May
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Character and Conscience in Leadership

by  Mike Henry  |  Leadership Development

“Conscience is that faculty in me which attaches itself to the highest that I know and tells me what the highest I know demands that I do.” Oswald Chambers, My Utmost for His Highest, May 13.

We talk much here about character-based leadership. Our definition for character-based leadership is leading from who you are rather than your power or position. Often, people ask if we have some religious slant on character. We do not. People sometimes check to see if we’re going to be “character-cops” – making lists and judging whether or not someone acts with character. Hang around a while and you’ll see we don’t want to “police” character in anyone but ourselves.

But often, the lower, softer side of who we are would prefer not to be challenged. Our lazy side would prefer to be left alone. We don’t want to get out of bed early to exercise. We can find any excuse in the world to avoid challenges from either outsides ourselves or inside.

On our inside, in our character, there is this faculty, a feature, built into us that calls us to be our highest self. It calls us to be our best us. That’s our conscience.

I’m sure there are some who would object even to the fact that our conscience exists, but often that is the voice of someone who’s shouting to avoid hearing the opposing argument simply because deep down inside, they know they might be wrong. When it comes to our conscience, we may all object a bit too much. That fact may prove its existence.

Chambers’ definition of conscience is the best I’ve ever read. My conscience attaches itself to the highest I know and then it tells me what the highest I know demands that I do. When I listen to the highest I know, I’m the best person I can be. When I act on the highest I know, my best character makes a positive difference. When I am the highest I know, my character, my who-I-am, inspires others to act according to the highest they know. And I become a leader.

We will attract people like us. We will be drawn to people who demonstrate similar affinities and similar character-istics. Those people will encourage us to do what they do and we will encourage them to do what we do. We all influence. I would like to encourage people to act according to the highest they know. That’s the only way I know to make the world better.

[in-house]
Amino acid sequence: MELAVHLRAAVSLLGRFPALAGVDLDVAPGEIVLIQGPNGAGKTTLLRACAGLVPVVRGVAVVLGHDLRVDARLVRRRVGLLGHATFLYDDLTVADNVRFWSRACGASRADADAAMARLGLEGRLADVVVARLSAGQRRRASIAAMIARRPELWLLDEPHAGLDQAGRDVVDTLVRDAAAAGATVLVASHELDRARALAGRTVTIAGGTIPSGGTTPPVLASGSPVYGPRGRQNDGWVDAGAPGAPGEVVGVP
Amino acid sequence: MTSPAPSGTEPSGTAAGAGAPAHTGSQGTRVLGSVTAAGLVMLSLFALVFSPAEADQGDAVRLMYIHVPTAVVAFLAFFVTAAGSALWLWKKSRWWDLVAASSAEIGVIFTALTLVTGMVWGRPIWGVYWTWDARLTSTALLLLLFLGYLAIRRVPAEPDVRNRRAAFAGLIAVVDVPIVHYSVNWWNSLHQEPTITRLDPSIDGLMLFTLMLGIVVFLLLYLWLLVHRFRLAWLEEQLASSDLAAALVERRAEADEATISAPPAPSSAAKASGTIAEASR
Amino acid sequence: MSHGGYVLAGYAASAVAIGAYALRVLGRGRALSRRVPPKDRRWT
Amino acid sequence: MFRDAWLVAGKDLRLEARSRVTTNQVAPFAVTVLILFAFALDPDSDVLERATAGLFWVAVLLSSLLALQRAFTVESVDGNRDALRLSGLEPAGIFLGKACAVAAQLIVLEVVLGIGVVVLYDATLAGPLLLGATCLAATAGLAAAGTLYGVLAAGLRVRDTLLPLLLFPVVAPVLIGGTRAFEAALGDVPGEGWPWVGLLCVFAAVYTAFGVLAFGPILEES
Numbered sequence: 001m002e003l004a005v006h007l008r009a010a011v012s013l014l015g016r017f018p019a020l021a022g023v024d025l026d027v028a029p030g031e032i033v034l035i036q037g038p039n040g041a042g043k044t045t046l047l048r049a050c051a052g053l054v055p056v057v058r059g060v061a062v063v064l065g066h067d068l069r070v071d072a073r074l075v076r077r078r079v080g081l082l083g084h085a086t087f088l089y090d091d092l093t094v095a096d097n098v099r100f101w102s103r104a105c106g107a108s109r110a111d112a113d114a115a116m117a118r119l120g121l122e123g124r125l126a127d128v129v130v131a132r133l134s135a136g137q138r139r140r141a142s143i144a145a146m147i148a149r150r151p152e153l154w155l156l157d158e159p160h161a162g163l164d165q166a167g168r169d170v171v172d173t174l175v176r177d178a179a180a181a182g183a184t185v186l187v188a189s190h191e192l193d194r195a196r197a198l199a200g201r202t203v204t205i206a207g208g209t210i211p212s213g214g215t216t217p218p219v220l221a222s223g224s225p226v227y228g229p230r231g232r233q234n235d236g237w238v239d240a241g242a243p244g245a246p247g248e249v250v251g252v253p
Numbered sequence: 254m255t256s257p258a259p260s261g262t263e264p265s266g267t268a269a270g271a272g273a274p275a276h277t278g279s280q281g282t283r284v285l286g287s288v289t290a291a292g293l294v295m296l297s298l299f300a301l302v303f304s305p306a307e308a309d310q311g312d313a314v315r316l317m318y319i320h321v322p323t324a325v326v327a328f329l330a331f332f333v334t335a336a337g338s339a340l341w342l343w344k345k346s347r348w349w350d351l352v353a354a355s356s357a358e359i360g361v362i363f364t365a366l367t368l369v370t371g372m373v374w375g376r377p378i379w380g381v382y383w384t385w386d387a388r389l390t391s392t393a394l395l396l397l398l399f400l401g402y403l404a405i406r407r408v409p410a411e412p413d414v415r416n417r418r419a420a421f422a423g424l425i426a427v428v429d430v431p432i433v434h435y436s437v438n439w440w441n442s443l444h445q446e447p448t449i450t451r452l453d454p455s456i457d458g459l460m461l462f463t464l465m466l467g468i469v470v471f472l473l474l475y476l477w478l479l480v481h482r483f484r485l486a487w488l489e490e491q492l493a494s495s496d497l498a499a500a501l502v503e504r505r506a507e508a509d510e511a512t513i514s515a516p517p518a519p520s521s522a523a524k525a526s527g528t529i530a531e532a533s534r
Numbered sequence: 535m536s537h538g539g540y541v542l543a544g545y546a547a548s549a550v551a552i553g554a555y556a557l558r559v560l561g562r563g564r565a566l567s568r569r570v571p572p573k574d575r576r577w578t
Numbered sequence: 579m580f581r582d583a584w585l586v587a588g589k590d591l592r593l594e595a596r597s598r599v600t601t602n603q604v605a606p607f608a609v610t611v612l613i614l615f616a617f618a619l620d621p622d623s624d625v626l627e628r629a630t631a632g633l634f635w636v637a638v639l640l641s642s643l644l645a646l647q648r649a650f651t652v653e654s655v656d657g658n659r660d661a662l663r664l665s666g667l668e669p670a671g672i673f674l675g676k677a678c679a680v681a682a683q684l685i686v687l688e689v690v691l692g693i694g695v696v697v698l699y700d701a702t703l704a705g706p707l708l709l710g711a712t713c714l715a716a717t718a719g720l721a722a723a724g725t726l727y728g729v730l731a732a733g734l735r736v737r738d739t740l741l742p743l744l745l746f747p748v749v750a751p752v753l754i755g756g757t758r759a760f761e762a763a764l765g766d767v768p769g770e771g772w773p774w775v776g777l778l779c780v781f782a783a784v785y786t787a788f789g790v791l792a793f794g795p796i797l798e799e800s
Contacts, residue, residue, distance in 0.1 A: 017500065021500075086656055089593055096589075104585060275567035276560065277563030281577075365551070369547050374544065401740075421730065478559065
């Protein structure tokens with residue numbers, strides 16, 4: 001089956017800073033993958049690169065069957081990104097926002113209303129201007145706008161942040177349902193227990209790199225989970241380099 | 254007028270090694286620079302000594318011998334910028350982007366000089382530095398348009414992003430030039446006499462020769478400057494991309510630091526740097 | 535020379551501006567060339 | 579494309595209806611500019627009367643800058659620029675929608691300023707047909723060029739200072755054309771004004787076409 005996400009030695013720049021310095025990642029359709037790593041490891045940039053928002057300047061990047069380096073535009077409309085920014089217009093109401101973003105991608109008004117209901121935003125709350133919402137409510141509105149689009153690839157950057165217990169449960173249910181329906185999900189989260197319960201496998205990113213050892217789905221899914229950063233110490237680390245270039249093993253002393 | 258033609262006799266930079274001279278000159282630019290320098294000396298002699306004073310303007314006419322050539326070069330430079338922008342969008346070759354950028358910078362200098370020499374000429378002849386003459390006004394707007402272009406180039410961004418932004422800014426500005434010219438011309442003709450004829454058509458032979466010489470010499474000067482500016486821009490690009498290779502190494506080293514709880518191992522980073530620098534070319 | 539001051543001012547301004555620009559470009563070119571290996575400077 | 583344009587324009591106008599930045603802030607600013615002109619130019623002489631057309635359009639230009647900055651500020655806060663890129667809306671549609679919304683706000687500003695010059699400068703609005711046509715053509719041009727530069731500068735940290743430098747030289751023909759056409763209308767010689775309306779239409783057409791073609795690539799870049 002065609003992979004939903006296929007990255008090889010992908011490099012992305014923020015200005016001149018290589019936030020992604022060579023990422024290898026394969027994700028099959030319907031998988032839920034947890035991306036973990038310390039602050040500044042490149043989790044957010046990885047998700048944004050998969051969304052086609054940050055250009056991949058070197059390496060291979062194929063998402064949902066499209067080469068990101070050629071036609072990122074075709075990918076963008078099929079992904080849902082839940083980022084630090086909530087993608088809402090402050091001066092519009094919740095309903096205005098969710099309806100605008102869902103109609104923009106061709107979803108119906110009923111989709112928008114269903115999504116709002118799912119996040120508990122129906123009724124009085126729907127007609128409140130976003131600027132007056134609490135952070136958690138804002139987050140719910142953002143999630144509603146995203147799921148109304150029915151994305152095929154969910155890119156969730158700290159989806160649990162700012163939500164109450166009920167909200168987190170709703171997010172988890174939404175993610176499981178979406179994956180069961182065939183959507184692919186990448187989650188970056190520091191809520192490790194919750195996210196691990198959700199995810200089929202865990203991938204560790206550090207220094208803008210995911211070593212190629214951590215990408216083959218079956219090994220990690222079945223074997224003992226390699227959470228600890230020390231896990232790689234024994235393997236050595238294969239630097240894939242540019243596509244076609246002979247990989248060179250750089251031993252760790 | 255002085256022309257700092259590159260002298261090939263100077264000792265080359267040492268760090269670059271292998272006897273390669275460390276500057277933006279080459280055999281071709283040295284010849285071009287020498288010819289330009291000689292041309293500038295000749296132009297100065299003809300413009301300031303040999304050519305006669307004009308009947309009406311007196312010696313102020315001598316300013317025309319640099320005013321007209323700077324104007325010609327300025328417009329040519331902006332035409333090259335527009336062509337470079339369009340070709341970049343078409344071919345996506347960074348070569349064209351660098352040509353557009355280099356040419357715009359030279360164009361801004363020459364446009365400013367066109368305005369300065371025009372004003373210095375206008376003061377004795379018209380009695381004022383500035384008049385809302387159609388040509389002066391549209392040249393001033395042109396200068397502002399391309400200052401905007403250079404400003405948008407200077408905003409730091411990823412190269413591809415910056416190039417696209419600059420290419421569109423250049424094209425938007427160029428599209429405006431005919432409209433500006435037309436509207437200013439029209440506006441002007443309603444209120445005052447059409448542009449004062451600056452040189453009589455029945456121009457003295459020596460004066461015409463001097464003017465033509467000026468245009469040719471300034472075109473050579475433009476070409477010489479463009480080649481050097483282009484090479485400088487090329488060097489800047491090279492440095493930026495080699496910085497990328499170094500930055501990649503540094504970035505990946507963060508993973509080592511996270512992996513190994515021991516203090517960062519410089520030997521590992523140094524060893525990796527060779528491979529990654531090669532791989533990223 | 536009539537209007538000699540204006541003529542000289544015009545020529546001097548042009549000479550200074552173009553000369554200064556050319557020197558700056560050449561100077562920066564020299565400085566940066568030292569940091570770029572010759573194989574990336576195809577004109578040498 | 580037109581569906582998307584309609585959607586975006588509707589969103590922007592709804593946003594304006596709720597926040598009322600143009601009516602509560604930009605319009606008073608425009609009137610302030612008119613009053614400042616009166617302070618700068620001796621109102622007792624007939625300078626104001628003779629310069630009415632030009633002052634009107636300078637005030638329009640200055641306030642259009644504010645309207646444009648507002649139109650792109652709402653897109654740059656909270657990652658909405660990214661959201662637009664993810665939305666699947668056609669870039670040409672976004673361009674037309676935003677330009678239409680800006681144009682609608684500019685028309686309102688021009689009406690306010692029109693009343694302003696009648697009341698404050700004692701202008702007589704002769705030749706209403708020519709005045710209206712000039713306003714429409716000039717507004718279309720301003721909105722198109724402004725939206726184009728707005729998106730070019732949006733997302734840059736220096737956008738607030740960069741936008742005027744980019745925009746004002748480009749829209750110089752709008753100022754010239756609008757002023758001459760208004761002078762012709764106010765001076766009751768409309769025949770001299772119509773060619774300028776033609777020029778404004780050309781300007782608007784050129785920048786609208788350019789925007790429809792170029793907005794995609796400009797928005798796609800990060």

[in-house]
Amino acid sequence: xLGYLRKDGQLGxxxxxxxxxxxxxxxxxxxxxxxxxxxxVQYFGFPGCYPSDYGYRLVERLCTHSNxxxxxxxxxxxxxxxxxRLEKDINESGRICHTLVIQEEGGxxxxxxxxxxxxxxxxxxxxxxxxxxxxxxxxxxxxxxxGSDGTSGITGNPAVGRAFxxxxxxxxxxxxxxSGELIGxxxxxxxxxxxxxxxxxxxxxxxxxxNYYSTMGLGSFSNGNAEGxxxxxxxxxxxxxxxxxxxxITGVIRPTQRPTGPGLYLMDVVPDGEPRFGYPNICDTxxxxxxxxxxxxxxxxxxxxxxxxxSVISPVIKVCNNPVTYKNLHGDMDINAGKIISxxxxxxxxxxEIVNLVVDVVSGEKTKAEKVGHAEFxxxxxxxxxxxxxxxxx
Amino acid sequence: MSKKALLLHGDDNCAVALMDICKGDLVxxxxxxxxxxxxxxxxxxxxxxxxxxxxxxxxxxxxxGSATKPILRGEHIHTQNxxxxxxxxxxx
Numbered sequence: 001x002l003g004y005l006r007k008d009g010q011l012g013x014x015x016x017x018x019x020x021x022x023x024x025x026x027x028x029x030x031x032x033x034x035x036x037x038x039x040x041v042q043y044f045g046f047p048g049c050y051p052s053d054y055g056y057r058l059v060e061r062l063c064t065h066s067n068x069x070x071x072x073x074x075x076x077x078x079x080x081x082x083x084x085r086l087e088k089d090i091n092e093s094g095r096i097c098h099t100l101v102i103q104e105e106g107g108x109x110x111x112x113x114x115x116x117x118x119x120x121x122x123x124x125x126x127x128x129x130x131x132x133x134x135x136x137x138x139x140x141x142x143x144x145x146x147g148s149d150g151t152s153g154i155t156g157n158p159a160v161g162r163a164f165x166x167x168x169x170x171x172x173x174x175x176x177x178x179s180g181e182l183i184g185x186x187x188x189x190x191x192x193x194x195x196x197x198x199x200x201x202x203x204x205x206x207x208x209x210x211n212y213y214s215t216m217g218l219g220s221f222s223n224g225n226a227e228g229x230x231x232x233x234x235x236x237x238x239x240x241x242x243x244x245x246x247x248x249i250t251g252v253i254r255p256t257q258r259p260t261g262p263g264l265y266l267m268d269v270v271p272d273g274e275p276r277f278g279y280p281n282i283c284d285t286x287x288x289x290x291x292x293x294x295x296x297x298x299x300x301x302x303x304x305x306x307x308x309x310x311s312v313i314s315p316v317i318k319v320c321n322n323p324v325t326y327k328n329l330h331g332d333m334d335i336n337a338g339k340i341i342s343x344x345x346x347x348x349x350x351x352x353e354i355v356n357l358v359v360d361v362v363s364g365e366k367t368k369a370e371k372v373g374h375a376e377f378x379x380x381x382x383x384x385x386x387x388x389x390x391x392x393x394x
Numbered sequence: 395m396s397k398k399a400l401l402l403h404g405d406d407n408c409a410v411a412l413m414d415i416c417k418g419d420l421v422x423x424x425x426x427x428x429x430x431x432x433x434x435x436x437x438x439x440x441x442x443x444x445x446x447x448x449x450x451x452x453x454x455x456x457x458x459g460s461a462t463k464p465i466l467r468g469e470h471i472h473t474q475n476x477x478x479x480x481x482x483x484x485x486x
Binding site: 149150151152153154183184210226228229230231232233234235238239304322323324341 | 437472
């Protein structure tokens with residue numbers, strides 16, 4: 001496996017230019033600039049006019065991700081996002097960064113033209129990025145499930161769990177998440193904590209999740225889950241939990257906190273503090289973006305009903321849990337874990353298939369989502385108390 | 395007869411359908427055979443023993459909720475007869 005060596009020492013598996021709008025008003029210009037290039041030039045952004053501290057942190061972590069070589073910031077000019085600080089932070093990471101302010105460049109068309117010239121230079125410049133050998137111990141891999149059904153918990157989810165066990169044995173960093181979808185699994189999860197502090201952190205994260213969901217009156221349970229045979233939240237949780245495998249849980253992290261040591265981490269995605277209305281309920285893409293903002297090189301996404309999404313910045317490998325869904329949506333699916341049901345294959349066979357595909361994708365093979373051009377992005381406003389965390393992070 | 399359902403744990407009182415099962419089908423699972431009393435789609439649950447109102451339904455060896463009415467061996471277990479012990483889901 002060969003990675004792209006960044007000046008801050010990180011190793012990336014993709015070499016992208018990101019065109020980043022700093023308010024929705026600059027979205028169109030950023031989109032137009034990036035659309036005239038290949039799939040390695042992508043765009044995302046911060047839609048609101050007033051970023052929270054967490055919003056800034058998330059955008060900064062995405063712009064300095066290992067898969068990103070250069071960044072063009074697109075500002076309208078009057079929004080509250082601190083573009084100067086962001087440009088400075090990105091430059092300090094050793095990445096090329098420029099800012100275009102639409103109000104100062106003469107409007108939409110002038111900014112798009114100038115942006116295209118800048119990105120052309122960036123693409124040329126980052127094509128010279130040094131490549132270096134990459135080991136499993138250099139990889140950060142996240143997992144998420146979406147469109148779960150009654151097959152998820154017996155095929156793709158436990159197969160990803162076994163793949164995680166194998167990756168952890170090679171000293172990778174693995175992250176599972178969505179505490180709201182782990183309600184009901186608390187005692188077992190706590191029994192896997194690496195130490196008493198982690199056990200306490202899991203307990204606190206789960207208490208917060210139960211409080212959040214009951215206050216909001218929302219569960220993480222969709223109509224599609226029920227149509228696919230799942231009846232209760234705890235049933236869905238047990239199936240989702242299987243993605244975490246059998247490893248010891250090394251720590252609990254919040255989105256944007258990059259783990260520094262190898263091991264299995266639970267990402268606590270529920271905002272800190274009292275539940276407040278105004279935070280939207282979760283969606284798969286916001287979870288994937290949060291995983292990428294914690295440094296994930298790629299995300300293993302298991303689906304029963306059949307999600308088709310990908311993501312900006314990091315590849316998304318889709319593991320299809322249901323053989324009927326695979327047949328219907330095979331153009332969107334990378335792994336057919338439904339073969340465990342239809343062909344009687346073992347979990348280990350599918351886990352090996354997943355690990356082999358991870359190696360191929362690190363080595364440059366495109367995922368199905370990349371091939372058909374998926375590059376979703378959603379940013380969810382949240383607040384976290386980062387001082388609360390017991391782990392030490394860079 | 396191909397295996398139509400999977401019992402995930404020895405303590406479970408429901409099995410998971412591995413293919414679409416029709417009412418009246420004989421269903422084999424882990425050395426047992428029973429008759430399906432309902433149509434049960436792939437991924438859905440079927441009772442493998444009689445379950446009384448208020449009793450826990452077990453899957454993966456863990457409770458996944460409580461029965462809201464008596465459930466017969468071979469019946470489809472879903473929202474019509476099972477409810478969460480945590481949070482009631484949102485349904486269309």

Would you like to influence others? Would you like to be a better leader? Your “highest you know” is calling you to act accordingly. Will you? That simple act will make you a character-based leader.

Related posts: Good Leadership vs. Effective Leadership and Character vs. Charisma in Leadership

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About The Author

Articles By mike-henry
Chief Instigator (Founder) of Lead Change Group and VP of IT for a mid sized technology company. Passionate about character-based leadership and making a positive difference.  »  View Profile

What People Are Saying

Deborah Costello  |  21 May 2012  |  Reply

What a thought-provoking post, Mike. I think we all get so hung up on writing rules, on making sure that everybody falls in line. But your call to listen to our highest selves, to strive to be our best, is truly the key. We don’t have to have identical documents guiding our actions, only a common goal that guides our decisions. Strive to be your highest self. Simple. Clear… And when we fail to act in keeping with our highest selves, when we fall, it gives the people in our lives an oppotunity to act in keeping with their highest selves, to forgive, to lift us up and help us return to the path to begin again. Occam’s Razor… the simplest explanation is probably best. Thanks for keeping it simple, Mike.

Mike Henry  |  21 May 2012  |  Reply

Thanks for the great comment Deb. I often find that I almost always have enough knowledge to do the right thing. Thanks again.

Erin Schreyer  |  21 May 2012  |  Reply

Brilliant, Mike! Perfectly worded!

Mike Henry  |  21 May 2012  |  Reply

Thanks Erin.

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